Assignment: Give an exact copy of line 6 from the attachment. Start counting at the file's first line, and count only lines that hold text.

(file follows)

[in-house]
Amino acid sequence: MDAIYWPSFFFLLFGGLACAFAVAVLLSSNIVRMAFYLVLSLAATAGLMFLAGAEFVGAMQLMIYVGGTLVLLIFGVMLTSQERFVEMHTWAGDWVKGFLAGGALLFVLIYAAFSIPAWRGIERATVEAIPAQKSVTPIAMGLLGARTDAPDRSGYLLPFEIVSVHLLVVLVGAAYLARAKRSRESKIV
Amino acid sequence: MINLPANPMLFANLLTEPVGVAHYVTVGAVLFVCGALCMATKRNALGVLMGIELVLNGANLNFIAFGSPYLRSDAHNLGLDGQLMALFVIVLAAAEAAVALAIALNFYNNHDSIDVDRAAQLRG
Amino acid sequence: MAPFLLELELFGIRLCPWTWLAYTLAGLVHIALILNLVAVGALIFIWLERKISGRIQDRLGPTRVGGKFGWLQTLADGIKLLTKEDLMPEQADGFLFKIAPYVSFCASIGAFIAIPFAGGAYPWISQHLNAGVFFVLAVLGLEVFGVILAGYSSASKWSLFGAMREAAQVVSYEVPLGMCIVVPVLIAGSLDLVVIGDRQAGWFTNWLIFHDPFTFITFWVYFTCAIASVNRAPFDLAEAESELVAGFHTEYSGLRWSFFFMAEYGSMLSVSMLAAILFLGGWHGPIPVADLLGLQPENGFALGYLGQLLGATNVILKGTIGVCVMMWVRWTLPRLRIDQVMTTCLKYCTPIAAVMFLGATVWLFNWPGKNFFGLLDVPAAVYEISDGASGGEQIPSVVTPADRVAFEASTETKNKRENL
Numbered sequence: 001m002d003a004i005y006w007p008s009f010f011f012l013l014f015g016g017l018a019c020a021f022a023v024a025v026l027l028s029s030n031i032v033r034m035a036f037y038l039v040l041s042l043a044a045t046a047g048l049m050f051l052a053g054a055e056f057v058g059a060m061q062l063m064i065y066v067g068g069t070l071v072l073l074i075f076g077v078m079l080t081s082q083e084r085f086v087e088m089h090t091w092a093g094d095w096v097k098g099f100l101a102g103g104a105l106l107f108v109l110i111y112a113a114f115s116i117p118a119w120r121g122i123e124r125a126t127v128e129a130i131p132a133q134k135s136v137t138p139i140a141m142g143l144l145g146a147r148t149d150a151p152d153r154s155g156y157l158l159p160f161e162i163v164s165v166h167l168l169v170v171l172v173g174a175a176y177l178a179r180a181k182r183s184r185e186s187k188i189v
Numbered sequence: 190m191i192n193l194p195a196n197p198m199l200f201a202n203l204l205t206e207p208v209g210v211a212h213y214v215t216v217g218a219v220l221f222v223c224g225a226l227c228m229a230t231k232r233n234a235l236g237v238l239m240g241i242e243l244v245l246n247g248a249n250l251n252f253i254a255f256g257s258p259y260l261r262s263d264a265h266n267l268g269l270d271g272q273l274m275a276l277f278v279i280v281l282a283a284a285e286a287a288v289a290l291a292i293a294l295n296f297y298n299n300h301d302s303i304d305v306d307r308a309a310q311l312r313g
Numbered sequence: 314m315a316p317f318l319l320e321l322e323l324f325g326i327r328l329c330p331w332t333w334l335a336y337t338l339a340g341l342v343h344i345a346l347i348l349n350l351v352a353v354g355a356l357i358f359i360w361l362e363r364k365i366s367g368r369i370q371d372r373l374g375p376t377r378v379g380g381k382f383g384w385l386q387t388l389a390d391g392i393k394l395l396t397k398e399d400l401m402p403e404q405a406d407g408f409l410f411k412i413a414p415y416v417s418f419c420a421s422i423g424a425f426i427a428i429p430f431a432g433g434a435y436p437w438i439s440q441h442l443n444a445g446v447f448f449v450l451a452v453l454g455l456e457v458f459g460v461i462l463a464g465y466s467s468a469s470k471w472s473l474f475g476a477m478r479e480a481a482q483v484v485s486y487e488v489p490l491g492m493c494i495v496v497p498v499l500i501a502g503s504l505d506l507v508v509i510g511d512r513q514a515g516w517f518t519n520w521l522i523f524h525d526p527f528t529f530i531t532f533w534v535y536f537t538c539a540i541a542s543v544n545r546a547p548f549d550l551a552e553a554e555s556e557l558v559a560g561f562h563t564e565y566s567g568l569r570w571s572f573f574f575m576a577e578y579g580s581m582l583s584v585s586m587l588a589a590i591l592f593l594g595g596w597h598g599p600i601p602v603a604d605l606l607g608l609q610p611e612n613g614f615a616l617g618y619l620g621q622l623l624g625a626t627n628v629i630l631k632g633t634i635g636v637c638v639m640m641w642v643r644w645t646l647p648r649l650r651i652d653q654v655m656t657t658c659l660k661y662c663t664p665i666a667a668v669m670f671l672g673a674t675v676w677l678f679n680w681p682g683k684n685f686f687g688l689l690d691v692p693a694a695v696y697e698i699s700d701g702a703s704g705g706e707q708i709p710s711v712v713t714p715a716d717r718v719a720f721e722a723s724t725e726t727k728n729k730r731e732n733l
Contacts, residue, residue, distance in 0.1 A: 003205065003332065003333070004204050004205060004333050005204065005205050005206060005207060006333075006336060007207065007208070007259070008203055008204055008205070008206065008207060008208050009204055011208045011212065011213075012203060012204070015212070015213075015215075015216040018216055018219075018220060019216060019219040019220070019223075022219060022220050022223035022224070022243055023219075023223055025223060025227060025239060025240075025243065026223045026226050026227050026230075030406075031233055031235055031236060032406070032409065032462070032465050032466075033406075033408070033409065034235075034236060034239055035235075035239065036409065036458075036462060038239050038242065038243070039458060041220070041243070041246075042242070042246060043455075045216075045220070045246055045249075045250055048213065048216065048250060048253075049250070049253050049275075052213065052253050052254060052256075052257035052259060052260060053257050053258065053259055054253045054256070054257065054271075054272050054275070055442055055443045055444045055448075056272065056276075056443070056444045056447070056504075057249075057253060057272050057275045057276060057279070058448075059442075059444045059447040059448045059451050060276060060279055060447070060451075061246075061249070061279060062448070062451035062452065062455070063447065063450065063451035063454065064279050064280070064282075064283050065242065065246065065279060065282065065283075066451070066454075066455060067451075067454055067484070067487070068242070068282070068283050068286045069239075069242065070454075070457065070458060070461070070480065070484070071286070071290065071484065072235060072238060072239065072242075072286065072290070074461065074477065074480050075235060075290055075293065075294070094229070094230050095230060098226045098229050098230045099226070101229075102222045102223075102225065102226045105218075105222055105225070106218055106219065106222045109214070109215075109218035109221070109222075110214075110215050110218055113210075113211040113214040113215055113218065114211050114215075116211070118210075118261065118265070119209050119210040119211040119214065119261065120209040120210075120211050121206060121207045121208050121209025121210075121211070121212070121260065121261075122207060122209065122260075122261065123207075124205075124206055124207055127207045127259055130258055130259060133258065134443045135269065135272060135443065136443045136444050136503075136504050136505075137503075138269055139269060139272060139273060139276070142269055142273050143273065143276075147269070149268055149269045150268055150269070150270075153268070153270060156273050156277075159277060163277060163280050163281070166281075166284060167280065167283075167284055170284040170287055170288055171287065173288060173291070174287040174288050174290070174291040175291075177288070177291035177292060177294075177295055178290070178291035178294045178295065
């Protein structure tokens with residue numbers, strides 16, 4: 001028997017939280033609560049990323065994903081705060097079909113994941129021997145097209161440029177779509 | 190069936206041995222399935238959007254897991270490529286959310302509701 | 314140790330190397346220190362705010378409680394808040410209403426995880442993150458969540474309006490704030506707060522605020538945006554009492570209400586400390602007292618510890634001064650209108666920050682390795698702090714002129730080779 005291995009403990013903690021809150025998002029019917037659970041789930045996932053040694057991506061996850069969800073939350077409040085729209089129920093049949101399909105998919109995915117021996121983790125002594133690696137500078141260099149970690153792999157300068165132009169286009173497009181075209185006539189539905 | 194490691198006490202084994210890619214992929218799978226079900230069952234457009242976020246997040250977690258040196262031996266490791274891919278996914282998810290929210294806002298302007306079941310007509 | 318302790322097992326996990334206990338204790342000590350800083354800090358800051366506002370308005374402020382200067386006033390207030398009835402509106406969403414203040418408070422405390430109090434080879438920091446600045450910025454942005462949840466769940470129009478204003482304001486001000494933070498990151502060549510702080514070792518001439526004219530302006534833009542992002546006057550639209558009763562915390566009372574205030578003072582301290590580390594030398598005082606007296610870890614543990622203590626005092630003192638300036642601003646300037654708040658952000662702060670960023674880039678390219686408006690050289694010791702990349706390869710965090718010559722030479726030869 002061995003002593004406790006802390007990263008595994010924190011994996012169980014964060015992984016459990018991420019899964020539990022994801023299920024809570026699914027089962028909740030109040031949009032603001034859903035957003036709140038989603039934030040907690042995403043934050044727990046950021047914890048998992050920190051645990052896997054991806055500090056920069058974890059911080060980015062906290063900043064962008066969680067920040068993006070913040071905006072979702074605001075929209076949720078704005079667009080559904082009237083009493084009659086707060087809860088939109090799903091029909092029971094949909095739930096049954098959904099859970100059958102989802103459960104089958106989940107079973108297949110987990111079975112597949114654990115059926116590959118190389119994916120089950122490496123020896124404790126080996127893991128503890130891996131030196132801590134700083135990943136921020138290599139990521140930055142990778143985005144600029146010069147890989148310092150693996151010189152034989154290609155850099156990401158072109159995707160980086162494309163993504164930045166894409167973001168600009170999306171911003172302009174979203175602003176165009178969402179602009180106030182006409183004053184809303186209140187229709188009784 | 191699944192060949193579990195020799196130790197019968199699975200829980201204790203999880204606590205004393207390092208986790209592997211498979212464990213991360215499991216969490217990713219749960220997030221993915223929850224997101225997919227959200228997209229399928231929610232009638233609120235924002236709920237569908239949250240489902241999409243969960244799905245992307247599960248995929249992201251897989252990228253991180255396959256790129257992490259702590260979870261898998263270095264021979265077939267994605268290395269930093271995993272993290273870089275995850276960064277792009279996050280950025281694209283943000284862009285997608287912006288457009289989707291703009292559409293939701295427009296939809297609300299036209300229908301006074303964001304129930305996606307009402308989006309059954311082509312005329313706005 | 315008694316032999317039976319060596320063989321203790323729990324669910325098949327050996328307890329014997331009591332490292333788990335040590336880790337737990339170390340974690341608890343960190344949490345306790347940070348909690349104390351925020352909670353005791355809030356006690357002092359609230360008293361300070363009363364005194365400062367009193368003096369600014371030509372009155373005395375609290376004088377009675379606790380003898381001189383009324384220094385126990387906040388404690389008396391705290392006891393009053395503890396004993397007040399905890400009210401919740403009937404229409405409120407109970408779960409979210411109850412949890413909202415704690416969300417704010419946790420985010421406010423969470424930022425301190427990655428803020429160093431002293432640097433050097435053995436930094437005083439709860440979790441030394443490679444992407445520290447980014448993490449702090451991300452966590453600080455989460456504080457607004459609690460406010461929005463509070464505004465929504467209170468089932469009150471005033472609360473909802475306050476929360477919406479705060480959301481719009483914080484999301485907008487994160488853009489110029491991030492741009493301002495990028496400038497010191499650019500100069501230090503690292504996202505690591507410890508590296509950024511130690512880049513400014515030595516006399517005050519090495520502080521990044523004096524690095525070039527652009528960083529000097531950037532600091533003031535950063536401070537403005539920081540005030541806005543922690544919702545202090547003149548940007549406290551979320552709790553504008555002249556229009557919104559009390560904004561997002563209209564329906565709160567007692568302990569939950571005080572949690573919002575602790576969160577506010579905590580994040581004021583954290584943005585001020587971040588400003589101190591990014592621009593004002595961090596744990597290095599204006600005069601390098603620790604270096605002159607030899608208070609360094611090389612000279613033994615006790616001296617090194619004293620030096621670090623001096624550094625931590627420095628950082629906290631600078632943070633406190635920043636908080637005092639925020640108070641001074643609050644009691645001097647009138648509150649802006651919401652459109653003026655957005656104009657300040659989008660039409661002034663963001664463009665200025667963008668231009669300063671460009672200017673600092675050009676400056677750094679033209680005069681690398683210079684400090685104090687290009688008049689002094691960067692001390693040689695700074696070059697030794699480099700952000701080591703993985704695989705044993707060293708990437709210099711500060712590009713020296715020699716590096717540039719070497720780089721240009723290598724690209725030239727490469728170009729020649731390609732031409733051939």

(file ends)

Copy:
Numbered sequence: 190m191i192n193l194p195a196n197p198m199l200f201a202n203l204l205t206e207p208v209g210v211a212h213y214v215t216v217g218a219v220l221f222v223c224g225a226l227c228m229a230t231k232r233n234a235l236g237v238l239m240g241i242e243l244v245l246n247g248a249n250l251n252f253i254a255f256g257s258p259y260l261r262s263d264a265h266n267l268g269l270d271g272q273l274m275a276l277f278v279i280v281l282a283a284a285e286a287a288v289a290l291a292i293a294l295n296f297y298n299n300h301d302s303i304d305v306d307r308a309a310q311l312r313g